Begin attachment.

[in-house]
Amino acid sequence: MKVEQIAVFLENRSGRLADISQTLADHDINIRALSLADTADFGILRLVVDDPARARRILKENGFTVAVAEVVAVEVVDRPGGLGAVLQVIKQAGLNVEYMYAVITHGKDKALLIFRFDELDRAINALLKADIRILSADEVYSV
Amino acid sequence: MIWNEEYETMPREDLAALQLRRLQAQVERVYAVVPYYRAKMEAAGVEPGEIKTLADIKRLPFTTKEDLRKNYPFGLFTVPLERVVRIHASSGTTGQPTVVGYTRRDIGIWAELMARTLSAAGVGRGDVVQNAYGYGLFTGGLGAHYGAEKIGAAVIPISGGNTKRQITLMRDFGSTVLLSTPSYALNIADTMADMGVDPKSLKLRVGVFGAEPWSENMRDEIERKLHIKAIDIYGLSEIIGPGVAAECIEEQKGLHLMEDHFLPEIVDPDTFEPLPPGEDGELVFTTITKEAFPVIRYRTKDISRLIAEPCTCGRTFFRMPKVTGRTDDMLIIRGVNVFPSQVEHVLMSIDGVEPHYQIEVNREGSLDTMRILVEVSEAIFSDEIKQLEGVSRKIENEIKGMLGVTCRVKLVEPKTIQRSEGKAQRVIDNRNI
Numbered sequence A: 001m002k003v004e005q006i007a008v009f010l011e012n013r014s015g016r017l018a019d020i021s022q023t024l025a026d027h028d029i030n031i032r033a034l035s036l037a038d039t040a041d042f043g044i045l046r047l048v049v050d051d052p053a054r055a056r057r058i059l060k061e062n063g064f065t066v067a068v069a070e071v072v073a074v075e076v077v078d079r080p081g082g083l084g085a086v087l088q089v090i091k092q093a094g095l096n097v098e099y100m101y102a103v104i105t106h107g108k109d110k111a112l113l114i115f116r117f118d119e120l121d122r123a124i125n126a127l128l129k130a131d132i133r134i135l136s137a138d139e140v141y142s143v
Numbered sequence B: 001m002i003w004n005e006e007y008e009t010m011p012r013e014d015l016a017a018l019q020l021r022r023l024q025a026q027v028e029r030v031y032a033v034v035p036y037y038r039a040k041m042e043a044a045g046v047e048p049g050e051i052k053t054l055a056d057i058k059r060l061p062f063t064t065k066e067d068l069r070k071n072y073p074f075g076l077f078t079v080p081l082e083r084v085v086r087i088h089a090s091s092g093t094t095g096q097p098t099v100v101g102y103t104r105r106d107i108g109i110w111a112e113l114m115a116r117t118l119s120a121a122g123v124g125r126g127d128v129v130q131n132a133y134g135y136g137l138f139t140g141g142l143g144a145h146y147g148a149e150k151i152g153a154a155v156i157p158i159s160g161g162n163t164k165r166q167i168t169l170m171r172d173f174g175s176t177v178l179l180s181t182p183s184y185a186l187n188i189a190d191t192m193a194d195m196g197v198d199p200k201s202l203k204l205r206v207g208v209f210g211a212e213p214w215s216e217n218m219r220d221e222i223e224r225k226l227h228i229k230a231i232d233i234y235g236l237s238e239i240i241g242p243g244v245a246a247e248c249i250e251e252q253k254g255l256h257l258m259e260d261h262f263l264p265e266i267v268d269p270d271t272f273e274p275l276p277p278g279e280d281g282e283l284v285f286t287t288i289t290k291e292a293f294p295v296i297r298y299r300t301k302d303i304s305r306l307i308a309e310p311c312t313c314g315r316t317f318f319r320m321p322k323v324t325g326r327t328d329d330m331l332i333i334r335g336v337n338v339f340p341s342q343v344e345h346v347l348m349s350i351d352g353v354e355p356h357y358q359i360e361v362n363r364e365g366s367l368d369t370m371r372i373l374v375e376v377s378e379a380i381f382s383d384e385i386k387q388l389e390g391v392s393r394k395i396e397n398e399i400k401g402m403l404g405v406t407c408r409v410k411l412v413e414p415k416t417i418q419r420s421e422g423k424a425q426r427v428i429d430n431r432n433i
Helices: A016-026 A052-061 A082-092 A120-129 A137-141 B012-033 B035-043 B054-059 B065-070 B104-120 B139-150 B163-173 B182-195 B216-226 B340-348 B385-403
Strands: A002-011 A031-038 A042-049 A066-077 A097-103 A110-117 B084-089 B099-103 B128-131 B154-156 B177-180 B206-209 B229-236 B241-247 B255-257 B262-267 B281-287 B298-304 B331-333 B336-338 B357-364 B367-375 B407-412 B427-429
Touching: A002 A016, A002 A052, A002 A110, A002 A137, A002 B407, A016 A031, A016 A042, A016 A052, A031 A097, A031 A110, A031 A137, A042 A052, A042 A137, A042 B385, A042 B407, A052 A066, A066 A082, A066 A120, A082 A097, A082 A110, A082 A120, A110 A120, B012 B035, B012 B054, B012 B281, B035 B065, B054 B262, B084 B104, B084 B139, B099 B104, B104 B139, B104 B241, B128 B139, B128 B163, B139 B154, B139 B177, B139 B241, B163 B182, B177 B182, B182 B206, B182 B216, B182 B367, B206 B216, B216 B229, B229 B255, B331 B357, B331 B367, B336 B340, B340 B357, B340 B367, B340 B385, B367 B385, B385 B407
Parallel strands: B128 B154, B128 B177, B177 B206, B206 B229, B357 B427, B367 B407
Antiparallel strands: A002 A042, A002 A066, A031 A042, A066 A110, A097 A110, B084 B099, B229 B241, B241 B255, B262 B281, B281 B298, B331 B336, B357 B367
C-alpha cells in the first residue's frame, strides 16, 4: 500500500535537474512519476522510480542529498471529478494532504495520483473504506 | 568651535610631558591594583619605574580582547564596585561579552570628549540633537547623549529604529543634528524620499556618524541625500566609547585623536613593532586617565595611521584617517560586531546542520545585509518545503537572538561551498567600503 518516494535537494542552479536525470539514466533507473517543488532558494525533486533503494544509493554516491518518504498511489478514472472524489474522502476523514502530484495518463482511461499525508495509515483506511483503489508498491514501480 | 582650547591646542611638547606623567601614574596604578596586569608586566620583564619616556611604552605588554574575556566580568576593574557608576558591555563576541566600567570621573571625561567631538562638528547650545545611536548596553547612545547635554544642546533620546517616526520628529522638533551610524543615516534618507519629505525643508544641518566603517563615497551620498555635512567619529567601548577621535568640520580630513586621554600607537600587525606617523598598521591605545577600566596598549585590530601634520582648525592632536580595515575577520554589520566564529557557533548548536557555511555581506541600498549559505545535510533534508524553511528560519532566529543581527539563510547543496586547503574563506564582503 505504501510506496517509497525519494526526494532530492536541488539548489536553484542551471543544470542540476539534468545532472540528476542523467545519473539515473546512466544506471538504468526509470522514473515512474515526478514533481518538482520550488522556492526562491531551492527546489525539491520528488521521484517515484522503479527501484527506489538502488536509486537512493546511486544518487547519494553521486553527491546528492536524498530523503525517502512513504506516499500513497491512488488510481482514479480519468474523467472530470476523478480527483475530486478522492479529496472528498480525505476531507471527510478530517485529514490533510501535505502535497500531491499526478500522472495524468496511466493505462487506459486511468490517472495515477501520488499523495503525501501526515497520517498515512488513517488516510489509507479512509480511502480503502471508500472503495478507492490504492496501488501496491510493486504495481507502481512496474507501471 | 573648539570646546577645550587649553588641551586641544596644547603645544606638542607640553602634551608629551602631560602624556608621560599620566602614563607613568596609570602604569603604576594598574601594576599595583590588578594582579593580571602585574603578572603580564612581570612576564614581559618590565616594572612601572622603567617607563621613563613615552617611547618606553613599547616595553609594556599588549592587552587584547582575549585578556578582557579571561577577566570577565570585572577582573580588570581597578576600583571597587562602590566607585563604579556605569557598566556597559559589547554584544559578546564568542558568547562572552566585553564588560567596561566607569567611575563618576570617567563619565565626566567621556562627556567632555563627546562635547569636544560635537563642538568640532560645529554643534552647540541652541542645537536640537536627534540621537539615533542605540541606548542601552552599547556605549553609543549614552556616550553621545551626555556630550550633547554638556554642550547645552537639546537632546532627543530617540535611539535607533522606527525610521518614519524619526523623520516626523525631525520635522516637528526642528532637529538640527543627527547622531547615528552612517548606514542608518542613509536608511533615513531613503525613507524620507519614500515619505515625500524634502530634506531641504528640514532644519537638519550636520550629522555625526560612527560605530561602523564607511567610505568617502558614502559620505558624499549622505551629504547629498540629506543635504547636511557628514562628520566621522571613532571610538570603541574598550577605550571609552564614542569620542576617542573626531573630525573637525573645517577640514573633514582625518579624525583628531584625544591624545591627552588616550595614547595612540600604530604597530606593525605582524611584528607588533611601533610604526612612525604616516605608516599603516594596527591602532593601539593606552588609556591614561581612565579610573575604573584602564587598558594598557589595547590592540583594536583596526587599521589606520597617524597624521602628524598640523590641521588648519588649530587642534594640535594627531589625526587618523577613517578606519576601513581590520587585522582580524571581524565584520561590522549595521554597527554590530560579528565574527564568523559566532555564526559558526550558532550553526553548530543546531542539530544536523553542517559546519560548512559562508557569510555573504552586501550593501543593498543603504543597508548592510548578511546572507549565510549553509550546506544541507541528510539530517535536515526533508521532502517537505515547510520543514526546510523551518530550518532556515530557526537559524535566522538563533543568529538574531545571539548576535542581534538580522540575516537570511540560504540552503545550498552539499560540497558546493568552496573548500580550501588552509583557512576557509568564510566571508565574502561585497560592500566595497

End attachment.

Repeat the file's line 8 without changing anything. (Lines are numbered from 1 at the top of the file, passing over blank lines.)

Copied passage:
Touching: A002 A016, A002 A052, A002 A110, A002 A137, A002 B407, A016 A031, A016 A042, A016 A052, A031 A097, A031 A110, A031 A137, A042 A052, A042 A137, A042 B385, A042 B407, A052 A066, A066 A082, A066 A120, A082 A097, A082 A110, A082 A120, A110 A120, B012 B035, B012 B054, B012 B281, B035 B065, B054 B262, B084 B104, B084 B139, B099 B104, B104 B139, B104 B241, B128 B139, B128 B163, B139 B154, B139 B177, B139 B241, B163 B182, B177 B182, B182 B206, B182 B216, B182 B367, B206 B216, B216 B229, B229 B255, B331 B357, B331 B367, B336 B340, B340 B357, B340 B367, B340 B385, B367 B385, B385 B407